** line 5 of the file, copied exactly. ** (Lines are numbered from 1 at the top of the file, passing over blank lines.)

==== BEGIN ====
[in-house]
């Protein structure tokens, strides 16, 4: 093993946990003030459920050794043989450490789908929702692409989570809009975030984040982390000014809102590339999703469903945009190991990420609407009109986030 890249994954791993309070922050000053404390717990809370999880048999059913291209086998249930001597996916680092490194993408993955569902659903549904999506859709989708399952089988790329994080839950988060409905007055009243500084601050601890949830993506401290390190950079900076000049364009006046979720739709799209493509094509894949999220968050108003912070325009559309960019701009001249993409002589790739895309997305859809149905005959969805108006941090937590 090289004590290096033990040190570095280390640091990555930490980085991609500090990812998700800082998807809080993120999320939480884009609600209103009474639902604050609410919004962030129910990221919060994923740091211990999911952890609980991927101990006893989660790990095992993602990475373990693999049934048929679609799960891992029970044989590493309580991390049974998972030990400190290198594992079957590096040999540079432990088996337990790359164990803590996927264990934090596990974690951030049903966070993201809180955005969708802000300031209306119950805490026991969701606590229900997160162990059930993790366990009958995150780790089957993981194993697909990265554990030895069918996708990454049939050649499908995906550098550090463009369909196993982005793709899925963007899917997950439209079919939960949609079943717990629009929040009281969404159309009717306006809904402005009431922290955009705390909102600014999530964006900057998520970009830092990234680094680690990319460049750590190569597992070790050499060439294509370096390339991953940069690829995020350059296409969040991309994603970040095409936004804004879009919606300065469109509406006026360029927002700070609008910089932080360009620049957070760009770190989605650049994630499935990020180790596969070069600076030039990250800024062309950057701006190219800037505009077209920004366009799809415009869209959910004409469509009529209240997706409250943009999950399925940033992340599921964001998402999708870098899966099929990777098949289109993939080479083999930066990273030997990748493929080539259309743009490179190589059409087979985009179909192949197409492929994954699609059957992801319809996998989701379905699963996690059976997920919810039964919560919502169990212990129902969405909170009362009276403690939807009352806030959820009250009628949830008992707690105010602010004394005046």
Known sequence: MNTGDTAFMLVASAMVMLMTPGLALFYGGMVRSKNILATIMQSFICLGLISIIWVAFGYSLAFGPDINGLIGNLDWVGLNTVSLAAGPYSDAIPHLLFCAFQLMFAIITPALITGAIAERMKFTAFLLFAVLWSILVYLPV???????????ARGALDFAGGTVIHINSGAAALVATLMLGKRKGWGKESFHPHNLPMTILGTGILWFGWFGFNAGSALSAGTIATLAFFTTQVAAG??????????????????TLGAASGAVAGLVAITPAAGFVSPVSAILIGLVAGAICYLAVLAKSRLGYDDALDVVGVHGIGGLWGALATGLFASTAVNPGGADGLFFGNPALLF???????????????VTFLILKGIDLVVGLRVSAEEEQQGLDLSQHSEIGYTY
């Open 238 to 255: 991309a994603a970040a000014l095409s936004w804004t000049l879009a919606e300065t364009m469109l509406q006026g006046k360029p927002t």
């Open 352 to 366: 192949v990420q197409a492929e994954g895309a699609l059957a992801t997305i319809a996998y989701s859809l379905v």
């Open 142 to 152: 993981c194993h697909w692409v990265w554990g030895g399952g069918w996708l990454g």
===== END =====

């Open 352 to 366: 192949v990420q197409a492929e994954g895309a699609l059957a992801t997305i319809a996998y989701s859809l379905v």